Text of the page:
Did you know that Antwerp station is one of the most beautiful stations in the world?


Antwerp Central, a station from the past that is looking to the future

Antwerp Central Station, nicknamed the Railway Cathedral, was inaugurated on 11 August 1905. This grand old lady of stone, glass and metal owes its nickname to its large dome, inspired by the Pantheon in Rome. In 2009, the American magazine Newsweek ranked it the fourth most beautiful station in the world.

The original station was called Borgerhout and was built in 1836 as the terminus for the extension of the first railway line of the Belgian state - Brussels- Mechelen-Antwerp. Designed as a temporary station, it was a simple barracks flanked by a few tents and located outside the city walls. The goal was to eventually build a real train station in the city centre. But that would have meant breaking through the defensive walls, which at the time was unthinkable. In 1854, the municipal authorities decided to enlarge the existing building, then called Antwerp East.

Finally released from the 16th century enclosure by a royal decree in 1859, the city rapidly became urbanised around large boulevards. As early as 1880, the construction of a new, decent railway station became a recurring theme for the municipal council. Eleven years later, parliament approved the location for the new station, between the diamond district and the zoo, on what is now Koningin Astridplein. The plans were entrusted to Belgian architect Louis Delacenserie, already famous for his recreation of medieval Bruges and a favourite of King Leopold II. With its serrated domes and skylight turrets, the eclectic main building is reminiscent of Italian palaces. It has eight towers surrounding the heart of the building and seems to have emerged from the Renaissance. Its construction began in 1895 and was completed in 1905, when it received its final name of Antwerp Central. Its enormous waiting room, which can accommodate up to 200,000 passengers per day, is unique in the world. No fewer than twenty varieties of marble were used to decorate it, as well as Doric, Tuscan, Ionic and Corinthian columns.  Also made of marble, a sumptuous double staircase captures the attention, particularly as it is surmounted by an enormous clock bearing the city's coat of arms. A glass and iron structure 185 metres long and 44 metres high covers the tracks, protecting passengers from bad weather and removing the smoke and steam emitted by the vehicles of the time.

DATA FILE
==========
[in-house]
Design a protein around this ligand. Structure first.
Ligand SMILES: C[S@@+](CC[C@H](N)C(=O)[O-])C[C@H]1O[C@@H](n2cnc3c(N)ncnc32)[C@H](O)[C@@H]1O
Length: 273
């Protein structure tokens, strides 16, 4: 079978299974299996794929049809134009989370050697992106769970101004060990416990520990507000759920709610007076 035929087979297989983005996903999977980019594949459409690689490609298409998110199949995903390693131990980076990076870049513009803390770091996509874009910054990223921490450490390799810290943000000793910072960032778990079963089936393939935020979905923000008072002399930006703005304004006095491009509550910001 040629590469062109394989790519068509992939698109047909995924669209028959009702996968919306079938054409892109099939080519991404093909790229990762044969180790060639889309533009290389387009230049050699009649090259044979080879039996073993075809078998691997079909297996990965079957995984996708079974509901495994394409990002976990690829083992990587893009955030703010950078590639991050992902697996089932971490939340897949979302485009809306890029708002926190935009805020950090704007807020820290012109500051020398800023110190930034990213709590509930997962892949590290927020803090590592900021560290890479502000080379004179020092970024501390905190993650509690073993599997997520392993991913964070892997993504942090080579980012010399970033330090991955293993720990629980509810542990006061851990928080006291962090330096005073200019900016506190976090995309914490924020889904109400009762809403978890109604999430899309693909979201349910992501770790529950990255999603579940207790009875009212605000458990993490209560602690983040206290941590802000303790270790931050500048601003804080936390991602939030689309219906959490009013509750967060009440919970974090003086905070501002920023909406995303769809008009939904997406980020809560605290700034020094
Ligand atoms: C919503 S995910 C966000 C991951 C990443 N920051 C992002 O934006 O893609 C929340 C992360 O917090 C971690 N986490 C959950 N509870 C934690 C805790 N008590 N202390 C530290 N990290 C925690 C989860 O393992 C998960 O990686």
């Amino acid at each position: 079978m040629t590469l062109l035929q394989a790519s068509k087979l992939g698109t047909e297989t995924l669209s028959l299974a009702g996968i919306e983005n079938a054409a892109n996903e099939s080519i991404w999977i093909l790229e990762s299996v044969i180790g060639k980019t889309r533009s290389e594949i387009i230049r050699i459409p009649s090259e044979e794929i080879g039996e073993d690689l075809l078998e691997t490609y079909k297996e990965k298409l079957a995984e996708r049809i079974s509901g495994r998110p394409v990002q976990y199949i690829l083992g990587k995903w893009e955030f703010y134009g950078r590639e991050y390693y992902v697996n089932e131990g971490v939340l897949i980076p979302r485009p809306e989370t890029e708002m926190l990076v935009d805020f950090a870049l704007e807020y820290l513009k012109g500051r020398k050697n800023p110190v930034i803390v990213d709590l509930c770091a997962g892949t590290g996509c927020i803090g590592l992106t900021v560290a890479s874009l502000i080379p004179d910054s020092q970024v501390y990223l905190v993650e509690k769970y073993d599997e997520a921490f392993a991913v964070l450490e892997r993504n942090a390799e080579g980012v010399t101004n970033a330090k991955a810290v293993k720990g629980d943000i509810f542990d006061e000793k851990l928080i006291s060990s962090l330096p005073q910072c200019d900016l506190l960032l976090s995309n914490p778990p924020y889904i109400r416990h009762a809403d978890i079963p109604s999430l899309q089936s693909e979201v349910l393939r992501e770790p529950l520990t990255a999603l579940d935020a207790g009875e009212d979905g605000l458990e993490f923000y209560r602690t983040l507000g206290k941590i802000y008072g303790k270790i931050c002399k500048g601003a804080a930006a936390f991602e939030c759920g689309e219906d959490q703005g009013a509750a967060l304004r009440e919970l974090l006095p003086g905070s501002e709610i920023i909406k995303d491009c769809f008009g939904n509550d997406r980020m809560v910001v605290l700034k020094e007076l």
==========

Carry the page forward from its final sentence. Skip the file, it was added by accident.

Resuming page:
At the beginning of the 1990s, a series of major changes were necessary due to the saturation of the terminus, the need for a fast link with Brussels and the arrival of the high-speed train. To solve the problem, a north-south junction under the city of Antwerp, in the form of a 3.8 km tunnel, was selected and constructed. This tunnel passes under the central station, which today has four floors and 24 tracks. The TGV has passed 22 meters beneath the ticket office since 25 September 2009. Fast escalators allow passengers to reach its platforms.

While Antwerp Central is famous worldwide due to its beauty, it is also renowned as an example of a successful compromise between the preservation of heritage and adaptation to the requirements of the most modern technologies.

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